Securing your patient information from data breaches

Securing your patient information from data breaches

August 29, 2017

As ePHI continues to attract hackers, it is crucial for health care providers, including staff, admins, IT, and anyone who interacts with ePHI, to better understand threats and how to securely access and share data. Education and training will help solve some of the most common ways attacks happen. For example, knowing how to avoid social engineering tricks, like identifying suspicious emails that can infect systems with malware, may prevent a ransomware infection that could shut down their EHR system. Some hospitals that suffered from the WannaCry ransomware attack were forced to revert to using pencil and paper with their patients. For health care IT, it means better-understanding the threat landscape and potential vectors into this valuable data and performing a risk analysis.

As health care systems continually become more connected, data is everywhere – in the cloud, on laptops, tablets, and other devices – all controlled by IT. Knowing how to identify, react, and prevent hackers from accessing these target-rich environments will decrease breaches in the future.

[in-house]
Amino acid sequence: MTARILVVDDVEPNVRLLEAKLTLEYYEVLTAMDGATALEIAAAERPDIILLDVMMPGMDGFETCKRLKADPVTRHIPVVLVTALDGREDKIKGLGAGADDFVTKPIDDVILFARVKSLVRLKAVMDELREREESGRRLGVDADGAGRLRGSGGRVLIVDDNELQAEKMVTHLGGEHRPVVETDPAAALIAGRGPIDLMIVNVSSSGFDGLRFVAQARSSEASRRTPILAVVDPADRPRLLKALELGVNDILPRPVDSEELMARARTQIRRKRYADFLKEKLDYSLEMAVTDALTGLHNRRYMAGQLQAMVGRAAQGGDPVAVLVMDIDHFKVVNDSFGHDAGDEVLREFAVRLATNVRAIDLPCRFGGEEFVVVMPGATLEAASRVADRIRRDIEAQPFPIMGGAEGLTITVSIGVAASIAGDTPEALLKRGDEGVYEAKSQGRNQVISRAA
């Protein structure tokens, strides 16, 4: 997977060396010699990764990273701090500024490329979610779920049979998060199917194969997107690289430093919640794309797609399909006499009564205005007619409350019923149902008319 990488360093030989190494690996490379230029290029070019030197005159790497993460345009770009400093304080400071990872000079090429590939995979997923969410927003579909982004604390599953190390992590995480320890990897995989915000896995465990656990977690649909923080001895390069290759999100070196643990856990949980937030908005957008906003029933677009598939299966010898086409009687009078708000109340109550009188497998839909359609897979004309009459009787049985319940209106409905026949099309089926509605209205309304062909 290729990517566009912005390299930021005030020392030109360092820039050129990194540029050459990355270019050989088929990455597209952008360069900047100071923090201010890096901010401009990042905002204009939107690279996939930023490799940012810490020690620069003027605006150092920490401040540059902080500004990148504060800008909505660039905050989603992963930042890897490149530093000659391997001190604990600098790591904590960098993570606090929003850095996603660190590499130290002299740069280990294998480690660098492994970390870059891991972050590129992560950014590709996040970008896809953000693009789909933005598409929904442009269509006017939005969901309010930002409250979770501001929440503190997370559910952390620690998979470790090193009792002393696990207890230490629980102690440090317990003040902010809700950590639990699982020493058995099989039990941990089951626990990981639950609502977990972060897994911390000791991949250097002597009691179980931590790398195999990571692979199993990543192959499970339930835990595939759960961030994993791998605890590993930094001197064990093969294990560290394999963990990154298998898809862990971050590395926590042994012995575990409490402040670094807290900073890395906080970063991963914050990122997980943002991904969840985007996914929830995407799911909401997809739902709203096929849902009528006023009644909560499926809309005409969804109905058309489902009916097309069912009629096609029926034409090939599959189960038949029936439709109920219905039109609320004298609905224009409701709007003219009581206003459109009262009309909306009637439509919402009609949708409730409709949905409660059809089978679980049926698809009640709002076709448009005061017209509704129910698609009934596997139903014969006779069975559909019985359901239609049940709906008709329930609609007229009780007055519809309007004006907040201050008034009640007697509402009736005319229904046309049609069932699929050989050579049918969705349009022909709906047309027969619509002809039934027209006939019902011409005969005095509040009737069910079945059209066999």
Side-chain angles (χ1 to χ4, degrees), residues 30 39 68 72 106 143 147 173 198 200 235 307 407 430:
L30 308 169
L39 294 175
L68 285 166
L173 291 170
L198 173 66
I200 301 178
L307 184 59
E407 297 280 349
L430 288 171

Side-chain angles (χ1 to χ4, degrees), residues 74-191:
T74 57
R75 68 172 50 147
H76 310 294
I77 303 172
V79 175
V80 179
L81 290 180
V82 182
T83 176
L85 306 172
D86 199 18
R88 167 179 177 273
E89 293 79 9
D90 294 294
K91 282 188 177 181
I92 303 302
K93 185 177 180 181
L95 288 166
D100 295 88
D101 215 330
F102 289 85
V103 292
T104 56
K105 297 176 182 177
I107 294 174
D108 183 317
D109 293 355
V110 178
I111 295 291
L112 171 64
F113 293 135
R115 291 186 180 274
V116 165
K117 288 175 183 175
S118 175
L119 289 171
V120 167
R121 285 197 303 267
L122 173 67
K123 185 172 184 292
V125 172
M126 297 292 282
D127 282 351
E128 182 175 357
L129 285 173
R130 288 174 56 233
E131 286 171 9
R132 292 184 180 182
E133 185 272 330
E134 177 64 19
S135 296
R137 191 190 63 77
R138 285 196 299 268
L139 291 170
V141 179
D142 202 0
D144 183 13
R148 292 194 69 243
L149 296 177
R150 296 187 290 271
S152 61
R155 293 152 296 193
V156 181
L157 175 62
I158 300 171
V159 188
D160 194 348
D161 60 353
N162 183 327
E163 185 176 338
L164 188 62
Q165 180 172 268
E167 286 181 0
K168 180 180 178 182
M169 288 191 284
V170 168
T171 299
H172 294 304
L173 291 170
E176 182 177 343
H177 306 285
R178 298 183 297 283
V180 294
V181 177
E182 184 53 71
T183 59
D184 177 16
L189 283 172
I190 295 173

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Demand for better access to our health data continues to grow, and expectations will increase for easy, fast, and secure means for sharing patient information. Health care professionals must continually assess risks, define policies for information security, educate and train employees on proper IT hygiene, and look for technology solutions that help them achieve better security. With so much at risk these days – including monetary fines, reputational risk, and ultimately patient satisfaction ratings, properly training staff and mechanisms to share ePHI securely can help address the significant consequences of data breaches.

About the author: Bill Ho is CEO of Biscom, and is a recognized security expert for some of the most regulated industries, including healthcare. Bill received his BS in computer science from Stanford University, his MS from Harvard University, and his MBA from MIT’s Sloan School of Management.

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